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Sheamus calls Long Island's WWE crowd 'interesting'

WWE Superstar Sheamus always seems to enjoy inflicting

WWE Superstar Sheamus always seems to enjoy inflicting pain. Credit: WWE

There's a good chance Long Island's pro wrestling fans will be on their worst behavior when WWE's LIVE Road to WrestleMania Tour makes a stop at the Nassau Coliseum this Saturday night, and Sheamus wouldn't have it any other way.

"It has a reputation," Sheamus said of the Coliseum, known for years for hosting the kind of fans who boo the good guys, cheer the bad guys and are quick with a chant if they don't like what's going on in the ring.

"We know it's a crowd that might go against the grain, and we deal with it," said Sheamus, who will battle old foe Alberto Del Rio at the Uniondale event.

"There's a couple cities like that. When you go, they want the show to be about them sometimes or their opinions, which is cool. They're paying their money. They're going to do what they want to do and it makes it interesting for all of us. You just go with it,man. We're professionals. If you fight them, you're going to drown."

The "Celtic Warrior" knows plenty about fighting, having won three world titles and the 2012 Royal Rumble since debuting five years ago. But the biggest battle of his last year has been against a shoulder injury that sidelined him for six months until his return this past January.

Although Sheamus said he enjoyed his most-prolonged visit with relatives in Ireland in nearly a decade, by November he was primed to get back to work.

"I was ready to come back at the Survivor Series, but for whatever reason they wanted me to wait for the new year," said Sheamus, who returned as a "surprise" entrant in this year's Rumble match. "I firmly believe everybody knew I was going to come back at the Rumble."

Sheamus acknowledged that the news of his return became somewhat buried in the other headlines coming out of that night, including Batista's in-ring return and fans' strong emotions about Daniel Bryan being left out of the match. Still, Sheamus considers his return an unmitigated success.

"I was just glad to be back in the ring. I rehabbed my shoulder really, really well. It was my first injury and I got through it with flying colors. So, for me, in that respect it was a success," said Sheamus, who spent some of his time away from the ring re-evaluating his WWE character.

"Rehabbing my injuring, I was kind of spinning my wheels and I kind of realized I let my character become a little bit hokey. So coming back, I'm a lot more motivated, a lot more direct. I want to have fun every now and again . . . but you can't just rest on your laurels. There a lot of young guys in the developmental system coming up and the way you handle that is by going out there and having the best match you can each and every night," Sheamus said. "WrestleMania is around the corner and we're all looking to tear it up. Everybody is on their A-game."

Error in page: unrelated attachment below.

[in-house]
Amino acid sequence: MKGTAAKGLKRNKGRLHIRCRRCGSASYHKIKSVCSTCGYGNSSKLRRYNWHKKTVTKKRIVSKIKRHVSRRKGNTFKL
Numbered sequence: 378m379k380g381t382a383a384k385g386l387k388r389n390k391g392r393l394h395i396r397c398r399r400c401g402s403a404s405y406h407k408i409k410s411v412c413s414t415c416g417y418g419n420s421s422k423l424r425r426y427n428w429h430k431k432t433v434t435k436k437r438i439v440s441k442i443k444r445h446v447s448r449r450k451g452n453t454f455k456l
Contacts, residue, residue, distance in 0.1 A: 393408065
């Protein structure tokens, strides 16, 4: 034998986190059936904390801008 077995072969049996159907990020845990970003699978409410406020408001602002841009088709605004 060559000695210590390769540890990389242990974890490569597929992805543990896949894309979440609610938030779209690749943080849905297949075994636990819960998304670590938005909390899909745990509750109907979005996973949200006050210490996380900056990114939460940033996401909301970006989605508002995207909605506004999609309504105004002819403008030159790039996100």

Sheamus is tentatively scheduled to be part of the 30-man Andre the Giant memorial battle royal at WrestleMania 30 on April 6 in New Orleans. Sheamus acknowledged that since debuting at WrestleMania XXVI in a top-billed match against Triple-H in 2010, he's not been featured as prominently as he'd like on the "Show of Shows."

"It was such a huge match, and I feel like at every Mania since then, I haven't had the opportunity to do that again. I'm hoping at Mania 30 or 31 to bounce back to that level again," he said. "The wheel goes round and round and comes back and opportunities are given again. You just have to remember that. After four years of experience -- and especially after the match with Daniel Bryan at WrestleMania 27 for the U.S. title that ended up being a dark match -- you've got to realize that patience is a huge key in this game."

Sheamus battled Bryan again at WrestleMania 28 in 2012, but that match is remembered more for lasting 18 seconds than the fact that Sheamus won it to capture the world heavyweight championship. Sheamus believes it all worked out for the best in the end.

"I just know we had zero storyline going into that pay-per-view. Obviously, you want more time, but coming out of that match, we had more steam than anybody going into Extreme Rules," said Sheamus, who beat Bryan again in a show-stealing match at the subsequent pay-per-view event. "I thought the way it happened drew so much interest in that match at Extreme Rules, and we were able to pay it off. The story really came after Mania."

New York Sports